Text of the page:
7. The method of claim 4, wherein steps (1)-(4) occur substantially simultaneously with steps (5)-(8).
8. The method of claim 4, wherein steps (1)-(4) occur asynchronously with steps (5)-(8).
9. A system for scaling an image contained in an image stream, wherein said image stream comprises a motion vector and a block of error terms, comprising:
a framestore having image components stored therein;
a scale adjustment module to scale the motion vector according to a scale factor to produce a scaled motion vector, wherein an integer component of said scaled motion vector is provided to said framestore, and said framestore outputs a block of image components identified by said integer component of said scaled motion vector;
a first filter to filter said block of image components outputted from said framestore and to output a block of predicted terms, wherein said first filter is a nonlinear filter;
a second filter to low pass filter a frequency domain representation of the block of error terms according to said scale factor to produce a reduced-size low pass filtered block of error terms;
an IQTZ module to inverse quantize said reduced-size low pass filtered block of error terms to produce a reduced-size inverse quantized block of error terms;
an IDCT module to transform said reduced-size inverse quantized block of error terms to a spatial domain representation according to said scale factor to produce a decimated representation of the block of error terms.
10. The system of claim 9, wherein a fractional component of said scaled motion vector is provided to said first filter, wherein said first filter uses said fractional component in filtering said block of image components outputted from said framestore.
11. The system of claim 10, wherein said first filter determines a set of filter coefficients based on said fractional component of said scaled motion vector.
12. The system of claim 11, wherein said first filter comprises a look-up table comprising a plurality of sets of filter coefficients, wherein said fractional component of said scaled motion vector is used as an index into said look-up table.
13. The system of claim 11, wherein said first filter comprises a computation unit to determine said set of filter coefficients.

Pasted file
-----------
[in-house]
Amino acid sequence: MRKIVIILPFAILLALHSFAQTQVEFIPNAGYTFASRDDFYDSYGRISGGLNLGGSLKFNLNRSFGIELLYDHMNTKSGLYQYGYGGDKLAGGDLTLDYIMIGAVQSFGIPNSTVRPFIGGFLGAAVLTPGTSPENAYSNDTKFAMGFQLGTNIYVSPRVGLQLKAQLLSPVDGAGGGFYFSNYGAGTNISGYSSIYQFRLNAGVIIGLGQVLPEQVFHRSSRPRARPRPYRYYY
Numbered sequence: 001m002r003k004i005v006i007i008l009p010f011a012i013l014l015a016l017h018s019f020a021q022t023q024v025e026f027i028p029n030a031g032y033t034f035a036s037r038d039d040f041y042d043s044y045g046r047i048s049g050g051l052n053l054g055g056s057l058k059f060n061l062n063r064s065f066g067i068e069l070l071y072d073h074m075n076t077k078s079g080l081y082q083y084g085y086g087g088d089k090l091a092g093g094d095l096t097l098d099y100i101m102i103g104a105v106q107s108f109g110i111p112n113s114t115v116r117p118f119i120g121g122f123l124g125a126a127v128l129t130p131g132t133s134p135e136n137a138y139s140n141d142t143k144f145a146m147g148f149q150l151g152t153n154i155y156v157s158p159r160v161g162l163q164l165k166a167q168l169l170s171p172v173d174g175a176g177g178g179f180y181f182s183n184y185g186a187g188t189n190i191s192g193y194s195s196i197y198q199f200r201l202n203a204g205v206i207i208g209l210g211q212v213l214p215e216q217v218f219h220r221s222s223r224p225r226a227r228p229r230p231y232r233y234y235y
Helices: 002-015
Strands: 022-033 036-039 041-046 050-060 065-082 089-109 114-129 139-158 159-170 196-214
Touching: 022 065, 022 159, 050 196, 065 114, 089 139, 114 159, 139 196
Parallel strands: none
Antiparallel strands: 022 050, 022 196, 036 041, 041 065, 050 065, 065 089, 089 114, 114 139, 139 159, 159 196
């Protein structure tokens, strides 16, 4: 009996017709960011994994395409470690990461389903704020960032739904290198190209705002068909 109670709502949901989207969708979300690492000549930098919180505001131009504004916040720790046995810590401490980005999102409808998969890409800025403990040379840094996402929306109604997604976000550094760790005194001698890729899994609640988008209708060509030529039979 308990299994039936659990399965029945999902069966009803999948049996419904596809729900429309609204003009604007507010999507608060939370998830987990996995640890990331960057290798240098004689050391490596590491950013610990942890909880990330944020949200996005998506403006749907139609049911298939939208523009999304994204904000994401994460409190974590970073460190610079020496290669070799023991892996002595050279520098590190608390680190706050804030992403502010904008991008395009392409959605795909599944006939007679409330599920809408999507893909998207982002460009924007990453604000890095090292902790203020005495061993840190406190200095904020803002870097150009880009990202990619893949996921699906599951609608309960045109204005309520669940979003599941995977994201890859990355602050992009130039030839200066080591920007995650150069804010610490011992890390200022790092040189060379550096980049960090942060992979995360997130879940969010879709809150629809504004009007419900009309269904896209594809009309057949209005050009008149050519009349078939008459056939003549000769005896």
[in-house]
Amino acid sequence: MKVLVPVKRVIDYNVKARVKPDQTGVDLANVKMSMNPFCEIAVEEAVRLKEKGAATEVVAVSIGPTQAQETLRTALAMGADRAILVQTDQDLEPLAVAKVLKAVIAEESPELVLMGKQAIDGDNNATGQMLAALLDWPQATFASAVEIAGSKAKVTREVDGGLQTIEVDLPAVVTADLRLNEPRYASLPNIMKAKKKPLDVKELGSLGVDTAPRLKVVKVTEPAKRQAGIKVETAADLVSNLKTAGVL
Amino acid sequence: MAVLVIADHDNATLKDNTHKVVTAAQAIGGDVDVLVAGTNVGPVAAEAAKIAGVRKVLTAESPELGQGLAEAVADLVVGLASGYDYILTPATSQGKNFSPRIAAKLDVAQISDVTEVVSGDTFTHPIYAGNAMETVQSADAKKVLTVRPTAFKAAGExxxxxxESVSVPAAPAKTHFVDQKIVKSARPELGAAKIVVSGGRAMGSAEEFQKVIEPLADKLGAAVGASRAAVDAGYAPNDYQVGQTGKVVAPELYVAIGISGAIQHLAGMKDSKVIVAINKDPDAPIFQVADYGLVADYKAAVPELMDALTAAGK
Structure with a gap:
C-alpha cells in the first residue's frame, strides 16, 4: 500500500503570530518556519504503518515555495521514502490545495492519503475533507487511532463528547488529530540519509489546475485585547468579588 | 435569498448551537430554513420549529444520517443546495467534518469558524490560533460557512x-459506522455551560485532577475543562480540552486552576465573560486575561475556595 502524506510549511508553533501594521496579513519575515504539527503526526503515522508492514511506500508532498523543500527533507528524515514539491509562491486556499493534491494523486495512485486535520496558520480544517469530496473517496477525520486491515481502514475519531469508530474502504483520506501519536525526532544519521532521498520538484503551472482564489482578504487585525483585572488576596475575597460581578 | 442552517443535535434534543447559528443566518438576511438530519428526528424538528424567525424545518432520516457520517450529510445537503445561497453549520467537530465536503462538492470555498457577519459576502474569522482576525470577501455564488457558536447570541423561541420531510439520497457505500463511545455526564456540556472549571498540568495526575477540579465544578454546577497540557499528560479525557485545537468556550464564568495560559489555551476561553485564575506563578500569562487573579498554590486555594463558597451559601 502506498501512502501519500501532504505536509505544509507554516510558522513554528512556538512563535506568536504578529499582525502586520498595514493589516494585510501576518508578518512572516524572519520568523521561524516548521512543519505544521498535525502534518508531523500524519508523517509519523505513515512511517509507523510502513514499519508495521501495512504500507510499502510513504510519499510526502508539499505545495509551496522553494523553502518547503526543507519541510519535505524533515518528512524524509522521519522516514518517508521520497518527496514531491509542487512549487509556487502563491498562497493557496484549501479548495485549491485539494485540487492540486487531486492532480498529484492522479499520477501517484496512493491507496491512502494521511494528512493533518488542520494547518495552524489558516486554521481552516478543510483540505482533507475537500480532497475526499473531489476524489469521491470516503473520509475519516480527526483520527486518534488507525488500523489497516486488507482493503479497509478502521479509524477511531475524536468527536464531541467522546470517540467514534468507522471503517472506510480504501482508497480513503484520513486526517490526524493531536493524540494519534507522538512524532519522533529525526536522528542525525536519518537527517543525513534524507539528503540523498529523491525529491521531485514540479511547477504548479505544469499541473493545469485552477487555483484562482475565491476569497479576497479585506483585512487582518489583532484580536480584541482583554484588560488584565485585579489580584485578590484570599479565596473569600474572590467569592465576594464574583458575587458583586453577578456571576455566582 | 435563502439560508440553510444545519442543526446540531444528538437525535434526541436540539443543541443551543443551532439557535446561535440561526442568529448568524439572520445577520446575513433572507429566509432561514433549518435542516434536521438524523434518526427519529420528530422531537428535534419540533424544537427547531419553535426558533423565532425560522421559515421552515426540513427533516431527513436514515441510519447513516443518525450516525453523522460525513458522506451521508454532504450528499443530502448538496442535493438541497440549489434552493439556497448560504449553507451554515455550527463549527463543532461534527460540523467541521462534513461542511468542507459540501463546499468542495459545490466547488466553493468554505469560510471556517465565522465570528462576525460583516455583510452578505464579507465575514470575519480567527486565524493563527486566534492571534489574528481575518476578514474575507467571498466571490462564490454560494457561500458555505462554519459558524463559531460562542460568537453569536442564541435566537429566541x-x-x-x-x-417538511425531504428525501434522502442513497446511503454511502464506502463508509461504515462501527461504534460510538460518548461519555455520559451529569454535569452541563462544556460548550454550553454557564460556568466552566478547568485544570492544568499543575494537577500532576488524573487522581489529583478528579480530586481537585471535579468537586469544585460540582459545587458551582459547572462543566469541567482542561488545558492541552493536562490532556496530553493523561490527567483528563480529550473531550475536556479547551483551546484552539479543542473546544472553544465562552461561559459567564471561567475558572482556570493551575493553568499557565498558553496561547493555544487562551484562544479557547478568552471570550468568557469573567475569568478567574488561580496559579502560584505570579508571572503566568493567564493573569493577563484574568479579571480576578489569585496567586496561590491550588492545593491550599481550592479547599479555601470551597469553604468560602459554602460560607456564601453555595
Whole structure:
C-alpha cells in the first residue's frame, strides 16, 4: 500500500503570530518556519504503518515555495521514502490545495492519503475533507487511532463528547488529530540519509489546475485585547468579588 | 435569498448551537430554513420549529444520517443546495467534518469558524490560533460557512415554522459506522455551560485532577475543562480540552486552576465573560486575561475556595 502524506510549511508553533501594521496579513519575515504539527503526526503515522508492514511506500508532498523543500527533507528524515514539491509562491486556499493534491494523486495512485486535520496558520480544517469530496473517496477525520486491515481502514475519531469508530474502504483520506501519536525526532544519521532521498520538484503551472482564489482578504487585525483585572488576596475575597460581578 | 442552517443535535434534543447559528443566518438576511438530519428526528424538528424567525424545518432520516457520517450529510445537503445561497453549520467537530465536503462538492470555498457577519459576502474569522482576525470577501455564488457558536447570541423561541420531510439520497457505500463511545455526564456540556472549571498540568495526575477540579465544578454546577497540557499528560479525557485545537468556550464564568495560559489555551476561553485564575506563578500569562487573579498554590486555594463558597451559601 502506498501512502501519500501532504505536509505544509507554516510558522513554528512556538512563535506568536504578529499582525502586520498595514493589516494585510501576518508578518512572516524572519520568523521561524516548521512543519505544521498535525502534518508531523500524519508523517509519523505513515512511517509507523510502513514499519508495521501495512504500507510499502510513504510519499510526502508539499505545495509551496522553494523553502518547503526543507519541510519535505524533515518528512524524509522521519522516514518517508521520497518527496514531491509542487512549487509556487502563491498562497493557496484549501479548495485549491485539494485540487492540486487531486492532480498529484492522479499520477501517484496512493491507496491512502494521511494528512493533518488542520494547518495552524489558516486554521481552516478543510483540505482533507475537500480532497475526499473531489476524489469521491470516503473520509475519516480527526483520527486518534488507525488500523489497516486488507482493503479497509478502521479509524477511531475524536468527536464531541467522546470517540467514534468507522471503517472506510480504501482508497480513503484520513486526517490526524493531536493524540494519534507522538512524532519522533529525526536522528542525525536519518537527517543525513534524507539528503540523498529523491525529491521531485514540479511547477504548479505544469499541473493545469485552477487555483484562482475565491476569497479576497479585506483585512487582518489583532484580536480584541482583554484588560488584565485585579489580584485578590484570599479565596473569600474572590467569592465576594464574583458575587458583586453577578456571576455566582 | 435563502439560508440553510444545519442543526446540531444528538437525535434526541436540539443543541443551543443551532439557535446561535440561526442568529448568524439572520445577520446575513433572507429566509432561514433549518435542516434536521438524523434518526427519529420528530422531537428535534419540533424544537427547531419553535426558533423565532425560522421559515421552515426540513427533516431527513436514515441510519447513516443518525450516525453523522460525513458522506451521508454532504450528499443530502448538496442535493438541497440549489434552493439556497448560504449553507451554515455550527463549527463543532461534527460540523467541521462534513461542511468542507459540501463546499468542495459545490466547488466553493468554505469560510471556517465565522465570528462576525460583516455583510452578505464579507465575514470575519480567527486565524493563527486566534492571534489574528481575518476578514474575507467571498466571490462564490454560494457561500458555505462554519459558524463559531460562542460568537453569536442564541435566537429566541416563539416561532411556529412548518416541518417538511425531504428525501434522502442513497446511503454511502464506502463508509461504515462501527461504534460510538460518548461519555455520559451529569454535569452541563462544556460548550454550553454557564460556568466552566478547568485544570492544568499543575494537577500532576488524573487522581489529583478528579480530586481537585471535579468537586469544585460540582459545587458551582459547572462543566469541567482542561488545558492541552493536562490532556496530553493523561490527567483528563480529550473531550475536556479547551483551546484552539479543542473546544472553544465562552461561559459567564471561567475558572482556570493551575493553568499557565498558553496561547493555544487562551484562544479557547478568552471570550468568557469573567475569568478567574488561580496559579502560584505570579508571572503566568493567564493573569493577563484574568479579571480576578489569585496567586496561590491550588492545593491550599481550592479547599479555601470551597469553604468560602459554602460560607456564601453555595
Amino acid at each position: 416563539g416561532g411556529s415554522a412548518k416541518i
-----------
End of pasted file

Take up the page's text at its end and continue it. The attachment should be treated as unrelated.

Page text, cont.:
14. The system of claim 9, further comprising:
a summer to add each predicted term in said block of predicted terms with a corresponding error term to produce a block of display image components;
a display framestore to store said block of display image components; and
means for displaying said block of display image components.
Description
BACKGROUND OF THE INVENTION

1. Field of the Invention

The present invention relates generally to the field of image processing. More particularly, the present invention relates to the scaling of image streams that use motion vectors.

2. Related Art

In response to more technically demanding audio-video consumers, suppliers of audio-video components have provided high-definition television, video-on-demand and set-top devices. To allow for cross-compatibility between newly developed systems, a panel of experts has developed an international standard for generic coding of moving pictures and associated audio information. This standard, designated MPEG (see the Motion Picture Experts Group-2 Specification ISO/IEC JTC1/SC29/WG11 N0702, May 10, 1994), includes standards for video image compression and decompression.

Video image compression takes advantage of redundant information inherent in moving pictures. With the exception of scene changes, successive frames of a moving picture do not change substantially in form or content. This is because there is typically little change of information from one frame to the next. Thus, there is no need to directly encode all image components (pixels, YUV format, etc.) of each frame for transmission purposes. The bandwidth saved by not sending all information for each frame may be used to send a different frame.

Picture-in-Picture (PIP) displays a reduced size image in a display of a full-size image. A reduced-sized image is called a scaled image, and the process for reducing the size of the image is called scaling. Typically, scaled images are not transmitted by service providers, such as local cable television companies. Therefore, a device located at the consumer's location must perform any required scaling.

It is desirable to be able to process and present reduced-size video streams for applications such as PIP in set-top decoder products, and the like. However, due to limited resources and cost constraints, set-top decoder products rarely have sufficient processing power or memory resources to decode multiple full-size images simultaneously. Thus, it is not desirable to decode a full stream, and scale it after all decoding is complete.